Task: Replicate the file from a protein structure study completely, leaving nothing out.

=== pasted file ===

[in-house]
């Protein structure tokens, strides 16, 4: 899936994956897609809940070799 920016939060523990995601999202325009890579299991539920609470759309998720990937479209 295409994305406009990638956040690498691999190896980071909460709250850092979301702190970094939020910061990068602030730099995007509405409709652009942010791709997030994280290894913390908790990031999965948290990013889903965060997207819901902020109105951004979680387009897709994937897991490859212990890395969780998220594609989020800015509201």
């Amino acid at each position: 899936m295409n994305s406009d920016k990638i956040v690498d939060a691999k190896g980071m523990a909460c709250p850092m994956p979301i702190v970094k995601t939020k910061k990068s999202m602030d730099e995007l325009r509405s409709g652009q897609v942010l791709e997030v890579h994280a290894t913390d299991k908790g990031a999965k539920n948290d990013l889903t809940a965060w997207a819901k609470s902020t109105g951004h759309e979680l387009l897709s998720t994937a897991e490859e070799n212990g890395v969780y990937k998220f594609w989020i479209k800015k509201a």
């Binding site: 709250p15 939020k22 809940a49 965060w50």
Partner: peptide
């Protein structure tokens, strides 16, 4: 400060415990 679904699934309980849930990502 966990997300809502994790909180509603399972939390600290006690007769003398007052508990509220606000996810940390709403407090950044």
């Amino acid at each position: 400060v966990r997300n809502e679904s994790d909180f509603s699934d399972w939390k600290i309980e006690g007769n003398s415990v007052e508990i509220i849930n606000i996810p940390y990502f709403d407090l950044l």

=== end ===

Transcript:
[in-house]
């Protein structure tokens, strides 16, 4: 899936994956897609809940070799 920016939060523990995601999202325009890579299991539920609470759309998720990937479209 295409994305406009990638956040690498691999190896980071909460709250850092979301702190970094939020910061990068602030730099995007509405409709652009942010791709997030994280290894913390908790990031999965948290990013889903965060997207819901902020109105951004979680387009897709994937897991490859212990890395969780998220594609989020800015509201």
């Amino acid at each position: 899936m295409n994305s406009d920016k990638i956040v690498d939060a691999k190896g980071m523990a909460c709250p850092m994956p979301i702190v970094k995601t939020k910061k990068s999202m602030d730099e995007l325009r509405s409709g652009q897609v942010l791709e997030v890579h994280a290894t913390d299991k908790g990031a999965k539920n948290d990013l889903t809940a965060w997207a819901k609470s902020t109105g951004h759309e979680l387009l897709s998720t994937a897991e490859e070799n212990g890395v969780y990937k998220f594609w989020i479209k800015k509201a």
């Binding site: 709250p15 939020k22 809940a49 965060w50």
Partner: peptide
């Protein structure tokens, strides 16, 4: 400060415990 679904699934309980849930990502 966990997300809502994790909180509603399972939390600290006690007769003398007052508990509220606000996810940390709403407090950044």
């Amino acid at each position: 400060v966990r997300n809502e679904s994790d909180f509603s699934d399972w939390k600290i309980e006690g007769n003398s415990v007052e508990i509220i849930n606000i996810p940390y990502f709403d407090l950044l």